Following are excerpts from an article in the Hartford Courant dated July 7,1851:
“Where is Zion’s Hill?” A ride from the State House to the South Park, in the Main Street Omnibus, if you please, and a pleasant walk of three-fourths of a mile, west on Park street to the “Babcock Farm,” where a road leads to tho south, down which you pass a few rods, and the journey is complete. ... I was exceedingly surprised that I had not before noticed the elevation of this spot, which is some 200 feet above the level of the Connecticut river, affording a delightful view for miles around. It is in fact the northern terminus of Rocky Hill, though entirely free from stone. ... The eye turns at once to the valley of the river, little expecting the view to the west that awaits your gaze. In that direction, we see Talcott Mountain looming up in all its freshness, crowned with the tower of our own lamented Wadsworth. Midway we behold the quiet village of West Hartford, with its modest spire peeping above the luxuriant foliage, while stretching away to the south, we see the grim visage of Mount Lamentation. Far to the north-east we see the broken and romantic range in Stafford, which becomes more uniform as the eye follows it many miles southward. Upon the bosom of our quiet Connecticut, we see anon through the trees, a passing sail, and the city ,itself, which never appeared more beautiful, lies directly before us. ... The Cemetery may he extended southward, beyond its present limits, as occasion shall demand, almost indefinitely.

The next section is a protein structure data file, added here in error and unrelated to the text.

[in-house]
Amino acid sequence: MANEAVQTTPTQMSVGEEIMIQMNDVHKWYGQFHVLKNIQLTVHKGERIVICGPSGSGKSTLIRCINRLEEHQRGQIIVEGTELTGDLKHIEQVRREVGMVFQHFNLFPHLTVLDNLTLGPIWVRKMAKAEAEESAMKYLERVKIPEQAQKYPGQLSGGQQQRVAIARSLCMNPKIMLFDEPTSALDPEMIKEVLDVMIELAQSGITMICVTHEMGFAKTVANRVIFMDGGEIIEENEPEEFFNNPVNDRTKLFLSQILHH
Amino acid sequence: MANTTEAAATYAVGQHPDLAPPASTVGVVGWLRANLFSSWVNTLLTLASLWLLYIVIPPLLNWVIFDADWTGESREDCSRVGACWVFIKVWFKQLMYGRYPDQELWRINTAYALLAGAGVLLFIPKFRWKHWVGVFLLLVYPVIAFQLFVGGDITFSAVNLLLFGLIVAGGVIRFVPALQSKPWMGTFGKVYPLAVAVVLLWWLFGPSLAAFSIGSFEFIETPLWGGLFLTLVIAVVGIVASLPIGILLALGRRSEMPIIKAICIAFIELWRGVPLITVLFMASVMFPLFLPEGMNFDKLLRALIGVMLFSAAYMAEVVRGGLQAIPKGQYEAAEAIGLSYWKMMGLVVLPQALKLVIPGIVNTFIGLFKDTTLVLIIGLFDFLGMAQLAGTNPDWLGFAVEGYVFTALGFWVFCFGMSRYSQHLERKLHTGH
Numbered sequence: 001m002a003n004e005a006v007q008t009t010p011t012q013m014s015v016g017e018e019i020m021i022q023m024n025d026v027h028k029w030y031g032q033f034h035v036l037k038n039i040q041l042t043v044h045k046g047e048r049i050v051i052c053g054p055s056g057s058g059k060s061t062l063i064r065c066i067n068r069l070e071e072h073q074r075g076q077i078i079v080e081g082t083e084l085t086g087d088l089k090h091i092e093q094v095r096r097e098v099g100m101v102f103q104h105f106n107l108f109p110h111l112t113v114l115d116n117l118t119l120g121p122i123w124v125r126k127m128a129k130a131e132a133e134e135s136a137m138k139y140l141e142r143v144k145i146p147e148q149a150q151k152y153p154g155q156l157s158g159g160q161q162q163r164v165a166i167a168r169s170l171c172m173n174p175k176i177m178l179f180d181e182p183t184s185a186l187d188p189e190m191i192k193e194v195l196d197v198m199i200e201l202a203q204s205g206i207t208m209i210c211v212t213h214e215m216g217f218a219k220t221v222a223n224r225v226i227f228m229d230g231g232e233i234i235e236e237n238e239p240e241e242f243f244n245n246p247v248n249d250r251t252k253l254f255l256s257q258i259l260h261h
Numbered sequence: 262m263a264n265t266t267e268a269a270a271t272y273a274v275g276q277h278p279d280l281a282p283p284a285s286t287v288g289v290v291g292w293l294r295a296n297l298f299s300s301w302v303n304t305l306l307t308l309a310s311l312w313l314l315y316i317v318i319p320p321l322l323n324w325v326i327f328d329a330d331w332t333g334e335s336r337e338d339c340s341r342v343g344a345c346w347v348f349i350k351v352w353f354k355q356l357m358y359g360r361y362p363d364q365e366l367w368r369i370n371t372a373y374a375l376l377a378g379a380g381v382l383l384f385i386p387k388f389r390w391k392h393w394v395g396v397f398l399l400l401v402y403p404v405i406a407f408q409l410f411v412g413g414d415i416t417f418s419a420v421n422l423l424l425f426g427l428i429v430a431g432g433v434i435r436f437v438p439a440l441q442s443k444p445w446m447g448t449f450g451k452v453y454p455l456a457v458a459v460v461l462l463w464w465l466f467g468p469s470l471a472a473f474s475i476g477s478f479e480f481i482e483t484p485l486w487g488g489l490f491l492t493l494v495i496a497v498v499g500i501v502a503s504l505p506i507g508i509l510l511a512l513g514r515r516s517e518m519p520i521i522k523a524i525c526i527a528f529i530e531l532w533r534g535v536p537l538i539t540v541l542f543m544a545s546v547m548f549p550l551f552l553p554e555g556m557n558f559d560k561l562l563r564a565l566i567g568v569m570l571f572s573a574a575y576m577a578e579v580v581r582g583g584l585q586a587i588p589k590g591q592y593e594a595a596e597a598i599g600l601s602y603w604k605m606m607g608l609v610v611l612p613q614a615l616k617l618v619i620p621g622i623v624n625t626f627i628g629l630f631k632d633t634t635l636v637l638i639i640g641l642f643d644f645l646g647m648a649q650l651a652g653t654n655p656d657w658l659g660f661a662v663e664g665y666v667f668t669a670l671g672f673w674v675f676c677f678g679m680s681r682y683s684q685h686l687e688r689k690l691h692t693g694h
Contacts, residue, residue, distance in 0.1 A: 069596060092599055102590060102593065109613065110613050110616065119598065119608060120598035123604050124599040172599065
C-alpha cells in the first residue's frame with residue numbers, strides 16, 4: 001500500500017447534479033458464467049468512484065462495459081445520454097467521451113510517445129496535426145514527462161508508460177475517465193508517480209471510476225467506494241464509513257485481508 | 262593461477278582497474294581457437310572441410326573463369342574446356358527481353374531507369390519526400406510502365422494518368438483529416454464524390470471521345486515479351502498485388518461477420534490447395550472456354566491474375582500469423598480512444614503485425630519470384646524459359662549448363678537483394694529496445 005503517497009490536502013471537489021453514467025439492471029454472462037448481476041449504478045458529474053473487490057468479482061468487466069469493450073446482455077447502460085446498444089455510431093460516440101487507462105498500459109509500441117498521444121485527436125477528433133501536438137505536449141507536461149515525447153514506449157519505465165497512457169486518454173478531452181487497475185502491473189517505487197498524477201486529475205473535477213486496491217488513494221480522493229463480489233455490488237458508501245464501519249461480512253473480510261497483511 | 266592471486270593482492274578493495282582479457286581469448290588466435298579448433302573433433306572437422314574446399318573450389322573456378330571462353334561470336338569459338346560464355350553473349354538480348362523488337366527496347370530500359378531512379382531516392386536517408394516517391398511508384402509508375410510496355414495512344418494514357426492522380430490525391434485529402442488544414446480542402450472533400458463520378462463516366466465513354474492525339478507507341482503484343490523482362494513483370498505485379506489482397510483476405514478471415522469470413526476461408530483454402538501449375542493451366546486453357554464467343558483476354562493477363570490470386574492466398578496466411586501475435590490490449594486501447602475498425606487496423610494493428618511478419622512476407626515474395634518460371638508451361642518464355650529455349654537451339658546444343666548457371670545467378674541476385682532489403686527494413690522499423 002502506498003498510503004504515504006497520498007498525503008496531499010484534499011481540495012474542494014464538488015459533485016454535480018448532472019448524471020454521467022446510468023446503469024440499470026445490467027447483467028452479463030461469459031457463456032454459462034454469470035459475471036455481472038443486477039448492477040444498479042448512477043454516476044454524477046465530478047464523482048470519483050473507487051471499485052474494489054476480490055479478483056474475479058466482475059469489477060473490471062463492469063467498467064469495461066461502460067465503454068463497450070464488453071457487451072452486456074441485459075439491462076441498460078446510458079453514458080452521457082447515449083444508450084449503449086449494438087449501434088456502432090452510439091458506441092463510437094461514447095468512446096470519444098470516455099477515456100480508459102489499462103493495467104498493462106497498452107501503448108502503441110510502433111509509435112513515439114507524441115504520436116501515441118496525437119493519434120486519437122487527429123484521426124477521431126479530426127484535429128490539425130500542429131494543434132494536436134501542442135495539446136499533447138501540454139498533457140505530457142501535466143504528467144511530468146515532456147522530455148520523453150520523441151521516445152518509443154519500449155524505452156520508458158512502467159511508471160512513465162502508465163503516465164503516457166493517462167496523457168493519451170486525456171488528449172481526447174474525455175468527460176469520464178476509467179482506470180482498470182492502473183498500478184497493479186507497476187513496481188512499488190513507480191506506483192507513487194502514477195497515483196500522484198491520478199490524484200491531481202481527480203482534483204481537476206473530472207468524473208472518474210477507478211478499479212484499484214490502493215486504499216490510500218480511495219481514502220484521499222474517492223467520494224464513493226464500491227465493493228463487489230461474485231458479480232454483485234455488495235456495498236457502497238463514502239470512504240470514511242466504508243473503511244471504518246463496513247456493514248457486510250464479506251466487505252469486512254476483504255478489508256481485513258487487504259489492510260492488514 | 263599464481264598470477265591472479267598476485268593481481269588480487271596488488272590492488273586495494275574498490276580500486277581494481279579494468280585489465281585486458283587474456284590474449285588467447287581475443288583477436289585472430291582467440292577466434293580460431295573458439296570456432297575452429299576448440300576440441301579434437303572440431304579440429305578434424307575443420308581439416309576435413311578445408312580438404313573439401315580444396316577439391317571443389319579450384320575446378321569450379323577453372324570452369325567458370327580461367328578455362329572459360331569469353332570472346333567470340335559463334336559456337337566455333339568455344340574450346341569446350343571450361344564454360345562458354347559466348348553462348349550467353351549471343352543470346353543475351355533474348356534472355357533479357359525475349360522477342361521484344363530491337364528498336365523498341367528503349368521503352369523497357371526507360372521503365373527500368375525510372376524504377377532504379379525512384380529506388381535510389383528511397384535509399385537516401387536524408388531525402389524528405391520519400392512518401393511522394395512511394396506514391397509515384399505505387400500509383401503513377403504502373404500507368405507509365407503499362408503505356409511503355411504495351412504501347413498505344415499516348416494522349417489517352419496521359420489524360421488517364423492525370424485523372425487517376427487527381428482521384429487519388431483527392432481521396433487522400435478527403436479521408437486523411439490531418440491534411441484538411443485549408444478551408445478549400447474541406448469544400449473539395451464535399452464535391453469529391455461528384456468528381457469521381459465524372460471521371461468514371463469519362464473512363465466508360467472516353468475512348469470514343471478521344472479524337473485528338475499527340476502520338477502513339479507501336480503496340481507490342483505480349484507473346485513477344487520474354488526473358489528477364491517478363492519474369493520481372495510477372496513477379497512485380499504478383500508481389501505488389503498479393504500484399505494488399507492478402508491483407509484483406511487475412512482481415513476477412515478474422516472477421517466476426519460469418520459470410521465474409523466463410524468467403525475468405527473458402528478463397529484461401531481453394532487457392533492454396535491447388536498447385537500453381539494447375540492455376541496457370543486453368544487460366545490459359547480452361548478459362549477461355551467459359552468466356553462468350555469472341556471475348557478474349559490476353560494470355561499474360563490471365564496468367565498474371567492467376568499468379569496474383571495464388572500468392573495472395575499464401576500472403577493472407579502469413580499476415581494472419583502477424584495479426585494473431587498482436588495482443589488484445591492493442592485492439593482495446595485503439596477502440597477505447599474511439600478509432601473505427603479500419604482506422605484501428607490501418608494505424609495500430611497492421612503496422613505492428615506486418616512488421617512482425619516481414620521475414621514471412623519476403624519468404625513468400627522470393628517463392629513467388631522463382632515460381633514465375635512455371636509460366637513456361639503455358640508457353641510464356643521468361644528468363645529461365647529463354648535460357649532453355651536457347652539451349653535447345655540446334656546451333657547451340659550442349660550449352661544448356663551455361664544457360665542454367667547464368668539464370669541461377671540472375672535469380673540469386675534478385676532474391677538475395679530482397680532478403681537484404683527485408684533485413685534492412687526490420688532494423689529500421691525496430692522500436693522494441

The above was written some twenty years before Washington College (now Trinity College) relocated to land south of the cemetery. Today, the southern edge of Zion Hill is bounded by Allen Place. It still affords a commanding view of downtown Hartford, but the grandness of the cemetery as described later in the article by its author, comparing "Zion's Hill" with Mount Auburn, outside of Boston and stating, "I think destined to become one of the most beautiful in New England," would not come to pass.
Of those buried at Zion Hill is Beatrice Fox Auerbach, who became president of the multi-storied family department store G. Fox & Company in 1938 upon her father's death and directed its operations until she sold it to the May Company in 1965.
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